incompatible way.


Alternatives
------------

**Being more agressive with deprecations.**

The goal of being more agressive is to allow NumPy to move forward faster.
This would avoid others inventing their own solutions (often in multiple
places), as well as be a benefit to users without a legacy code base.  We
reject this alternative because of the place NumPy has in the scientific Python
ecosystem - being fairly conservative is required in order to not increase the
extra maintenance for downstream libraries and end users to an unacceptable
level.

**Semantic versioning.**

This would change the versioning scheme for code removals; those could then
only be done when the major version number is increased.  Rationale for
rejection: semantic versioning is relatively common in software engineering,
however it is not at all common in the Python world.  Also, it would mean that
NumPy's version number simply starts to increase faster, which would be more
confusing than helpful. gh-10156 contains more discussion on this alternative.


Discussion
----------

TODO

This section may just be a bullet list including links to any discussions
regarding the NEP:

- This includes links to mailing list threads or relevant GitHub issues.


References and Footnotes
------------------------

.. [1] TODO


Copyright
---------

This document has been placed in the public domain. [1]_



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Re: backwards compatibility and deprecation policy NEP

Marten van Kerkwijk
In reply to this post by ralfgommers
Hi Ralf,

Overall, this looks good. But I think the subclassing section is somewhat misleading in suggesting `ndarray` is not well designed to be subclassed. At least, for neither my work on Quantity nor that on MaskedArray, I've found that the design of `ndarray` itself was a problem. Instead, it was the functions that were, as most were not written with subclassing or duck typing in mind, but rather with the assumption that all input should be an array, and that somehow it is useful to pass anything users pass in through `asarray`. With then layers on top to avoid this in specific circumstances... But perhaps this is what you meant? (I would agree, though, that some ndarray subclasses have been designed poorly - especially, matrix, which then led to a problematic duck array in sparse - and that this has resulted in substantial hassle. Also, subclassing the subclasses is much more problematic that subclassing ndarray - MaskedArray being a particularly annoying example!)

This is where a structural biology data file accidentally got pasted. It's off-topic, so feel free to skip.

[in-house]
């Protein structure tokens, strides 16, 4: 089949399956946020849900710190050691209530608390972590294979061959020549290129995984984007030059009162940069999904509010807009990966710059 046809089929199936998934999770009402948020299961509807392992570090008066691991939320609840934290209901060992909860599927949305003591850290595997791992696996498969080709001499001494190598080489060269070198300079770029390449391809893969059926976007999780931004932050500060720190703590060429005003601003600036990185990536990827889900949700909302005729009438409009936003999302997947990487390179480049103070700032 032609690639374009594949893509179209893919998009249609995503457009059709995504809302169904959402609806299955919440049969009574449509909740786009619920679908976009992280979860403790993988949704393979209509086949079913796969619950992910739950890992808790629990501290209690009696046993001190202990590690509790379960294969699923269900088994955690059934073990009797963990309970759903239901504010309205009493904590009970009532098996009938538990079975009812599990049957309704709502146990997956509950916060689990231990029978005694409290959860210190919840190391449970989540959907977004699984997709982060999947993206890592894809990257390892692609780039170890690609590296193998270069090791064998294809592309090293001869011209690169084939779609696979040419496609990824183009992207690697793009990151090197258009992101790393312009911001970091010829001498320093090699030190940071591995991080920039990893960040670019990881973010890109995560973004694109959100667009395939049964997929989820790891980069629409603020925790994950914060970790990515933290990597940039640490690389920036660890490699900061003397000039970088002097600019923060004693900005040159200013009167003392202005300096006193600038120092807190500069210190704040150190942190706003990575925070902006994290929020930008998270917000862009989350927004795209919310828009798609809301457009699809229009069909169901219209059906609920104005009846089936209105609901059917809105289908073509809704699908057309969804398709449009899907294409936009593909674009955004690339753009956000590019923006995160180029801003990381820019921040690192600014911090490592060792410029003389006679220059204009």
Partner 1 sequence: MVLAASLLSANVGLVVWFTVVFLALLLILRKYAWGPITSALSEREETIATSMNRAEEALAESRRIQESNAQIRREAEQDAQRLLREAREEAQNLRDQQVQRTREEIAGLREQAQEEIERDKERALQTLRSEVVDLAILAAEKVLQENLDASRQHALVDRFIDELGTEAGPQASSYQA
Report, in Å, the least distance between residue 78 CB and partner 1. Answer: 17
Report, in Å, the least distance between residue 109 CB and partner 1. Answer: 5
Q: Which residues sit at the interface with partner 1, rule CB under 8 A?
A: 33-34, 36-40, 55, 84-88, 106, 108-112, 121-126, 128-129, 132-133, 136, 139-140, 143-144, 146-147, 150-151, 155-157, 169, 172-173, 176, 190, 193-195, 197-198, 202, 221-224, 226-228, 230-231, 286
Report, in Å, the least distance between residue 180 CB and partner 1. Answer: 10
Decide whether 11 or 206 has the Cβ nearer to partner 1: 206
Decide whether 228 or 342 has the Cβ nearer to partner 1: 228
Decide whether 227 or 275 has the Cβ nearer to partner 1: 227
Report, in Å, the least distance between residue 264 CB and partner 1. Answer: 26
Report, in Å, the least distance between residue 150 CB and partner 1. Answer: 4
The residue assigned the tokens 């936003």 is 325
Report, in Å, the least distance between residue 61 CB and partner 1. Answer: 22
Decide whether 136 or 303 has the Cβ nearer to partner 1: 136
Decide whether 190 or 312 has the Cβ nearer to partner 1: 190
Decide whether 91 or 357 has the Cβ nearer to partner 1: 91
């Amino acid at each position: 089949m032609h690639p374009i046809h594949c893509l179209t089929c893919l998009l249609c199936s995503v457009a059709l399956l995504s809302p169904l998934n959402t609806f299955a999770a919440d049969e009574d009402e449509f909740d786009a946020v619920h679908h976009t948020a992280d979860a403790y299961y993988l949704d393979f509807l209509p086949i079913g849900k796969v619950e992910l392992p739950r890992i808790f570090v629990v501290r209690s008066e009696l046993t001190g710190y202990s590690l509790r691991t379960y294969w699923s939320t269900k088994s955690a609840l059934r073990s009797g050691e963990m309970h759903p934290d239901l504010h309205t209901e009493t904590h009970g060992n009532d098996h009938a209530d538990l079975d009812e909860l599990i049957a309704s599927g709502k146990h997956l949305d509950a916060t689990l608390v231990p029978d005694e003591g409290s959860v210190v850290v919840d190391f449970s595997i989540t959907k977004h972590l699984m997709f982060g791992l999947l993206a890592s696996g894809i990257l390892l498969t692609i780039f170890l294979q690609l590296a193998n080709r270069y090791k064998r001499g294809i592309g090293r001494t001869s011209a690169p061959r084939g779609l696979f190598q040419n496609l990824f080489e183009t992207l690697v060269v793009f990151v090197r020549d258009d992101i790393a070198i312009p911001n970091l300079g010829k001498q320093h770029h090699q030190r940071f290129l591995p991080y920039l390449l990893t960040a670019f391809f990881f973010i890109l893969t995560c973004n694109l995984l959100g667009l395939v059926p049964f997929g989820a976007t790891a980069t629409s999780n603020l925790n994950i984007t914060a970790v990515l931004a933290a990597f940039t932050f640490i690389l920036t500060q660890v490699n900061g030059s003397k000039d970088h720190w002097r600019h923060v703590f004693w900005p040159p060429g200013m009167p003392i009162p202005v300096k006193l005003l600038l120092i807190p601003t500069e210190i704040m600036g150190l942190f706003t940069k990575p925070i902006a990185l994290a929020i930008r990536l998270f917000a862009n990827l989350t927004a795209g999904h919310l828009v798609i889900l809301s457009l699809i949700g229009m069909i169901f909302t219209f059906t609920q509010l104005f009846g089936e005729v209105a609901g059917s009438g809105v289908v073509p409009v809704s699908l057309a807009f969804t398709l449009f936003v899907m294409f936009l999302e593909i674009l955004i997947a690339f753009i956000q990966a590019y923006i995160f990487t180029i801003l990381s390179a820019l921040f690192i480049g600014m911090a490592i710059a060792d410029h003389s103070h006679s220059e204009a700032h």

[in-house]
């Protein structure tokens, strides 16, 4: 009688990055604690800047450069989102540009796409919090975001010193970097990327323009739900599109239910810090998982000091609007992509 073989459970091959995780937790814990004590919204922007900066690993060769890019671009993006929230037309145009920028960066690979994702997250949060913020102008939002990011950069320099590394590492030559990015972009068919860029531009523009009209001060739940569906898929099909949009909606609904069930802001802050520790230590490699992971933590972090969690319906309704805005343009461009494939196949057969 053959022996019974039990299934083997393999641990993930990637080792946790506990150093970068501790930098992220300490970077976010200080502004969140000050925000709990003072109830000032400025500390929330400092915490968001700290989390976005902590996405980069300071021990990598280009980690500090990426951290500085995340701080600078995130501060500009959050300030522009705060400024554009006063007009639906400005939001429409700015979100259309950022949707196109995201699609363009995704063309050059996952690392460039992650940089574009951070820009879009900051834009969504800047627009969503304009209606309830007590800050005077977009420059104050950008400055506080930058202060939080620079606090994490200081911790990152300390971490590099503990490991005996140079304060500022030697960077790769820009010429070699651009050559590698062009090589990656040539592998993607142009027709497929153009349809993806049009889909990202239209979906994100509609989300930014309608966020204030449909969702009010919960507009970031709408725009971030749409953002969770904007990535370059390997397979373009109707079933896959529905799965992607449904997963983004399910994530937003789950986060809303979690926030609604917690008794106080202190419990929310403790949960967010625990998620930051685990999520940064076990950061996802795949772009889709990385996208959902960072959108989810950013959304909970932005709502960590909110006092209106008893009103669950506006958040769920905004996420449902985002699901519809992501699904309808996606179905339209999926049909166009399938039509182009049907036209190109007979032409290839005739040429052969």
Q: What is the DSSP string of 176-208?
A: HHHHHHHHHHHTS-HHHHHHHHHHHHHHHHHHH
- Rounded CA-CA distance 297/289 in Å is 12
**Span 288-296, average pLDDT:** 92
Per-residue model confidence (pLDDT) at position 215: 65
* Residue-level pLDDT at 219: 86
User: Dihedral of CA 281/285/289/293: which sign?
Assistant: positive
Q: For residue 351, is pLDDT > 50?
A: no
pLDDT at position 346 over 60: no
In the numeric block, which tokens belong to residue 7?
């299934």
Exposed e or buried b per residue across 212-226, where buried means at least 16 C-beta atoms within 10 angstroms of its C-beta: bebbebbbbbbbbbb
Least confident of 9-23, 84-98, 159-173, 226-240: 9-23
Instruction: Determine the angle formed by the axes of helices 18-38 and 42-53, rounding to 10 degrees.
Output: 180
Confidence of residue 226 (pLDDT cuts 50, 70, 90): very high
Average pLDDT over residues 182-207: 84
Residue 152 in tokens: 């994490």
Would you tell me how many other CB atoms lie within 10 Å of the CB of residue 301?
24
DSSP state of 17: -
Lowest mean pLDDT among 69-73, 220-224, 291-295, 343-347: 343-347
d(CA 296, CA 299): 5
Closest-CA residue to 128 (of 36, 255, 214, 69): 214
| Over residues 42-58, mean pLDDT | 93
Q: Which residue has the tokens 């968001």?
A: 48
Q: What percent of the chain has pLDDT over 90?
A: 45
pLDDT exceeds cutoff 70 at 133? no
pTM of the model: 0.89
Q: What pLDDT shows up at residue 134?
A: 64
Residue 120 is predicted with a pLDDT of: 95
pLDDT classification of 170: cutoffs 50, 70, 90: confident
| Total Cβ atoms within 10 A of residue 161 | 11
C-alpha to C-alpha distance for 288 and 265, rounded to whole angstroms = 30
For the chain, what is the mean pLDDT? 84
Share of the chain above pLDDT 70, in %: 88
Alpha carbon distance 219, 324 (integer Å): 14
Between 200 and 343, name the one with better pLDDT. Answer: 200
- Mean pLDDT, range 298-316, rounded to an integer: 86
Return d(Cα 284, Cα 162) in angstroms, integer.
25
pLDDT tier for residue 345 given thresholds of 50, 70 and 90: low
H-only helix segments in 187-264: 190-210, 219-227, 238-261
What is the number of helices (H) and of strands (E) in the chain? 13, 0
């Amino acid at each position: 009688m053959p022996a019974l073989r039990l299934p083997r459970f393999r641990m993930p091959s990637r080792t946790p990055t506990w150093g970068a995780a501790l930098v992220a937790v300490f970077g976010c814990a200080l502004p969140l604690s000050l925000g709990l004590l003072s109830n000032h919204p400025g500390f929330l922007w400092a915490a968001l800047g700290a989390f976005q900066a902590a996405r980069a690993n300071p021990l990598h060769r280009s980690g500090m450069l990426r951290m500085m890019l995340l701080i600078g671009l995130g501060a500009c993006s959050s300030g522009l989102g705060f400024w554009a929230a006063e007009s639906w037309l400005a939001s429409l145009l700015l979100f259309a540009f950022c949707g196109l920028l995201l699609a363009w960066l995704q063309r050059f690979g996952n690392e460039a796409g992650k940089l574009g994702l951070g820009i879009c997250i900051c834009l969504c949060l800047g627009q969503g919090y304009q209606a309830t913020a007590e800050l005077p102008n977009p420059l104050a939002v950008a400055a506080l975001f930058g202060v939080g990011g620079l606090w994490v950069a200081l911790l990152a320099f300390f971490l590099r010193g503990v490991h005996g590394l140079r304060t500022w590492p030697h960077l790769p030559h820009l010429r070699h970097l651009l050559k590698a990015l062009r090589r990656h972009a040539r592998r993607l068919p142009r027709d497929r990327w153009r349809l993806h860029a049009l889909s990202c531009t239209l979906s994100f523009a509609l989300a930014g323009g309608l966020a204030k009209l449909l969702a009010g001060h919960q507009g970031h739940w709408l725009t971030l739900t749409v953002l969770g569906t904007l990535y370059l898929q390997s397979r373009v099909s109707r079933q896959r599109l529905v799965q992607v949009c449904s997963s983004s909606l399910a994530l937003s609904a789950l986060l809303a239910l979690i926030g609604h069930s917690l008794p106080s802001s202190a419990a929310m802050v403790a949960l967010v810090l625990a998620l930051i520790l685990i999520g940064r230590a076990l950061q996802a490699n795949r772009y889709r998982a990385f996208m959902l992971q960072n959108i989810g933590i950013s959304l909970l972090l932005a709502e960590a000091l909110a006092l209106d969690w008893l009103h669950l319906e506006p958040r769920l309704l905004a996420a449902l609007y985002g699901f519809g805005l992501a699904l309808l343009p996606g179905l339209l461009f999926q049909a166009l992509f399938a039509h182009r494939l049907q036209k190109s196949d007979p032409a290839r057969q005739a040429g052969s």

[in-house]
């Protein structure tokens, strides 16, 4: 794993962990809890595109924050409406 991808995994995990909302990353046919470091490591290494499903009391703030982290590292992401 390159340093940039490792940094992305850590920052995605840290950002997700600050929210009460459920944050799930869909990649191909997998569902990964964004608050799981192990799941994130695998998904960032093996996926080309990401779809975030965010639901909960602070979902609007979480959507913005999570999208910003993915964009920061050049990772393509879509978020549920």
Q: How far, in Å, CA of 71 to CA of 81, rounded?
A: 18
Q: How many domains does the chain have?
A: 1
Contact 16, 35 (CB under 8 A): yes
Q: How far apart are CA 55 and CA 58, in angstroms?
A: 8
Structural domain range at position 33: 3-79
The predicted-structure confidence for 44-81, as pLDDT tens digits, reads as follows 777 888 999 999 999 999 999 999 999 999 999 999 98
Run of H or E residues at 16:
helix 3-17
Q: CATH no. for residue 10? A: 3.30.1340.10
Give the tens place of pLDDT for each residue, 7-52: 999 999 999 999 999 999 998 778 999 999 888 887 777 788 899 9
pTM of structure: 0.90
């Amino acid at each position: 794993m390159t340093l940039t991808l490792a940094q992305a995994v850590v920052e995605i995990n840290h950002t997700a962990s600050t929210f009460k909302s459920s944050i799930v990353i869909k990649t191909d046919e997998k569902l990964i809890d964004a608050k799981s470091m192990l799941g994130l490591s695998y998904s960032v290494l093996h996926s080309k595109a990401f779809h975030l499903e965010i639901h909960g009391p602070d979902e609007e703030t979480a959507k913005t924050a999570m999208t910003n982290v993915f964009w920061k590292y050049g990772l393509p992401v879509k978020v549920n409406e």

The subclassing section also notes that subclassing has been discouraged for a long time. Is that so? Over time, I've certainly had comments from Nathaniel and some others in discussions of PRs  that go in that direction, which perhaps reflected some internal consensus I wasn't aware of, but the documentation does not seem to discourage it (check, e.g., the subclassing section [1]). I also think that it may be good to keep in mind that until `__array_ufunc__`, there wasn't much of a choice - support for duck arrays was even more half-hearted (hopefully to become much better with `__array_function__`).

Overall, it seems to me that these days in the python eco-system subclassing is simply expected to work. Even within numpy there are other examples (e.g., ufuncs, dtypes) for which there has been quite a bit of discussion about the benefits subclasses would bring.

All the best,

Marten

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Re: backwards compatibility and deprecation policy NEP

Marten van Kerkwijk
In reply to this post by einstein.edison

    • We enforce good practices in our code. For example, we will explicitly disallow subclassing from ndarray, we get rid of scalars, we fix the type system.

Given my other reply, probably no surprise that I strongly disagree with the idea of disallowing subclasses. But I'll add to that reply a more general sentiment, that I think one of the problems has been to think that as one develops code, one thinks one knows in advance what users may want to do with it, what input makes sense, etc. But at least I have found that I am often wrong, that I'm not imaginative enough to know what people may want to do. So, my sense is that the best one can do is to make as few assumptions as possible, so avoid coercing, etc. And if the code gets to a position where it needs to guess what is meant, it should just fail.

-- Marten

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Re: backwards compatibility and deprecation policy NEP

Marten van Kerkwijk
In reply to this post by ralfgommers
Hi Ralf,

Maybe as a concrete example of something that has been discussed, for which your proposed text makes (I think) clear what should or should not be done: